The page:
(4)

*P*

_{1}

## '

*P*

_{0}

## %

*Dur*

## @

## [

## ∆

## (1

## %

*y*

## )

## @

*P*

_{0}

## /(1

## %

*y*

## )]

## %

## ( 1

## 2

## )

## @

*P*

0 ## @

*Con*

## @

## (

## ∆

## (1

## %

*y*

## ))

2**EXERCISES**

1. Consider an example where we can borrow money today for one year at 5%; y0,1 = .05. Suppose that we are able

to obtain a commitment to obtain a one year loan one year from now at an interest rate of 8%. Thus, the one year forward rate on a loan originated in year equals 8%. According to the Pure Expectations Theory, what is the two year spot rate of interest y0,2?

2. Suppose that the one year spot rate y0,1 of interest is 5%. Investors are expecting that the one year spot rate one

year from now will increase to 6%; thus, the one year forward rate y1,2 on a loan originated in one year is 6%.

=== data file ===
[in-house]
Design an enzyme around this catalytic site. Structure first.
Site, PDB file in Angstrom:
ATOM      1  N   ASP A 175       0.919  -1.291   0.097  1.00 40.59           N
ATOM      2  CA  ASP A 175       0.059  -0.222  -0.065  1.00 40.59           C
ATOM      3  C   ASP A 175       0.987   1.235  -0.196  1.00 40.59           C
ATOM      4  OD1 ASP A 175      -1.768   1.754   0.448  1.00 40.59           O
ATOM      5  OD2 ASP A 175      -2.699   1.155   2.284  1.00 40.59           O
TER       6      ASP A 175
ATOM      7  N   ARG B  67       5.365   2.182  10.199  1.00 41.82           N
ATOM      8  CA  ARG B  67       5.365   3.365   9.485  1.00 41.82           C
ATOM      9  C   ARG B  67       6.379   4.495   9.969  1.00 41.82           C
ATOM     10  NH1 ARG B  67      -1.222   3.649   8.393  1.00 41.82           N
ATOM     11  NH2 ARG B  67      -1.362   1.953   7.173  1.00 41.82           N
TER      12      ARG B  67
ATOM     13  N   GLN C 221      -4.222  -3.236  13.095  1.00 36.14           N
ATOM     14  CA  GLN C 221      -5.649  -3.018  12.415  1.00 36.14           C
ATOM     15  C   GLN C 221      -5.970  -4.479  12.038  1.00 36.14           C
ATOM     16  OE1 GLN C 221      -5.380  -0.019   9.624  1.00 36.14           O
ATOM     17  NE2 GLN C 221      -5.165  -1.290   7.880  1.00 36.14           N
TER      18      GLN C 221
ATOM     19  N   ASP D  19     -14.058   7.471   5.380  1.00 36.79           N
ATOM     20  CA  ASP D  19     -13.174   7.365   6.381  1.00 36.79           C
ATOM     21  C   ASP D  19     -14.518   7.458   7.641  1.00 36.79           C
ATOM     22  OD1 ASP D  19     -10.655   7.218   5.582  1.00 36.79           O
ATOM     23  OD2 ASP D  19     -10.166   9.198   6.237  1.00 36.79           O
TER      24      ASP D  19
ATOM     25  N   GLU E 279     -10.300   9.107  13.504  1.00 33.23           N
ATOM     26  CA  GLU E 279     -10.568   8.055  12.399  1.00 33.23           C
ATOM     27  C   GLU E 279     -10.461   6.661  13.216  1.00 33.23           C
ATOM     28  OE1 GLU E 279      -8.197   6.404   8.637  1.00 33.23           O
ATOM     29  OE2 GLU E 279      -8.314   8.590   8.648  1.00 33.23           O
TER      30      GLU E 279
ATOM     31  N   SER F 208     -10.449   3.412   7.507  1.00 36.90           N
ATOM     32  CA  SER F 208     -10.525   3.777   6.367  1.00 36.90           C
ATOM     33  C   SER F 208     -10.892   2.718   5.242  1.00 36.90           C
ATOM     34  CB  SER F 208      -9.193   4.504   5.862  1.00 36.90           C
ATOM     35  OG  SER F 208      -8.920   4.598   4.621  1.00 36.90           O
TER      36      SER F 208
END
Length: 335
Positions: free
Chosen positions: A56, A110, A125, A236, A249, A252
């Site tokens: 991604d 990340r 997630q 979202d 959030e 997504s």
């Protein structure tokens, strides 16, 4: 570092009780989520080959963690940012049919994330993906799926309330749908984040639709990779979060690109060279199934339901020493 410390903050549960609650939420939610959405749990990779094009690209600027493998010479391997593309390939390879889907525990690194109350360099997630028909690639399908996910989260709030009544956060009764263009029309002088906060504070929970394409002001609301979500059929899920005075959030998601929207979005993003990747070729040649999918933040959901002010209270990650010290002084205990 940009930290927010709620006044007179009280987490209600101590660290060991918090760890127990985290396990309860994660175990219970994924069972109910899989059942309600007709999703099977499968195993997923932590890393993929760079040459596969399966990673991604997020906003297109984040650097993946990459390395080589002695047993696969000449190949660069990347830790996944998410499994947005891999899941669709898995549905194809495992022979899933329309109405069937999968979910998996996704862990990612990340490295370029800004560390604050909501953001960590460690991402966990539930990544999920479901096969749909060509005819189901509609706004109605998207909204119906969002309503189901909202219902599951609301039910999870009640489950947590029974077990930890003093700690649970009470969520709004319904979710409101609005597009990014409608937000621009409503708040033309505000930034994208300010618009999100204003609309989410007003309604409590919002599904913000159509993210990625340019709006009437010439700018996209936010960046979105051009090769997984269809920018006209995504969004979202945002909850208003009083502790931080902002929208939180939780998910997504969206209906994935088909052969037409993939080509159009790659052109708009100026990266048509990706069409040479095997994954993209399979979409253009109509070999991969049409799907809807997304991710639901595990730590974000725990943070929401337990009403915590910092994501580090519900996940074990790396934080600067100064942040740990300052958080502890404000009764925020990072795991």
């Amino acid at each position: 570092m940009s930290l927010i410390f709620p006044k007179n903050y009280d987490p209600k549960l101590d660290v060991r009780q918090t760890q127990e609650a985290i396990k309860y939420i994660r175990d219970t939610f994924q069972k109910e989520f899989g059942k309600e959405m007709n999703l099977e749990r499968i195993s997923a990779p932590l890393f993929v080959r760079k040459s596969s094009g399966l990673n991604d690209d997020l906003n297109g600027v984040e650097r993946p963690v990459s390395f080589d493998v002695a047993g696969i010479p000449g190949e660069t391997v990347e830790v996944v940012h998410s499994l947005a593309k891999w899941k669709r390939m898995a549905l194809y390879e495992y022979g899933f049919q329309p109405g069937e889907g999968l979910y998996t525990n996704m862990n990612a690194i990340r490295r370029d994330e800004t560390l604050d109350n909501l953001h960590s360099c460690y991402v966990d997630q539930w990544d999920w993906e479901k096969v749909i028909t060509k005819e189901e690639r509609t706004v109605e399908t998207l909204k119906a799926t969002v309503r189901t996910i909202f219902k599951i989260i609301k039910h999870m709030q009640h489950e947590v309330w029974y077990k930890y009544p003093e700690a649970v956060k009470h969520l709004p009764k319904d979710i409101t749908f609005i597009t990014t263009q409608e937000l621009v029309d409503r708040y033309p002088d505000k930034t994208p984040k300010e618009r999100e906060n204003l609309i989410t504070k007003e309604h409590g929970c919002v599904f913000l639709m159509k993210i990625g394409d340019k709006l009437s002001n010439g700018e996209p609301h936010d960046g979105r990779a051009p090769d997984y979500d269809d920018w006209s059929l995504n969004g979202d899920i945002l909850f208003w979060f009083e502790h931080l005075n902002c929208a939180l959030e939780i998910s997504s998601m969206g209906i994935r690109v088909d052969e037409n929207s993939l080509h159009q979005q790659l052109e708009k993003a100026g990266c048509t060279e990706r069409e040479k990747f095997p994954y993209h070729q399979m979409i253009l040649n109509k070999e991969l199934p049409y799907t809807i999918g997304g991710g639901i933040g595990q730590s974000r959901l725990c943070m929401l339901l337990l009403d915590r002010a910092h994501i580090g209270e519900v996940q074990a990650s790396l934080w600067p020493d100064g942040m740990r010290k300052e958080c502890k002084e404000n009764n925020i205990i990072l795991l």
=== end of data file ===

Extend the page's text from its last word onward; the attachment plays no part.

Furthermore, assume that investors are expecting that the one year spot rate two years from now will increase to 7%; thus, the one year forward rate y2,3 on a loan originated in two years is 7%. Based on the pure expectations

hypothesis, what is the three year spot rate?

3. Suppose that the one year spot rate y0,1 of interest is 5%. Investors are expecting that the one year spot rate one

year from now will increase to 7%; thus, the one year forward rate y1,2 on a loan originated in one year is 7%.

Furthermore, assume that the three-year spot rate equals 7% as well. What is the anticipated one year forward rate y2,3 on a loan originated in two years based on the pure expectations hypothesis?

4.** Bond A, a three year 7% issue, currently sells for 964.3227. Bond B is a two year 8% issue currently selling for 1010.031. Bond C is a three year 6% issue currently selling for 938.4063. Based on this information, answer the following:

c. What are the one, two and three year spot rates of interest?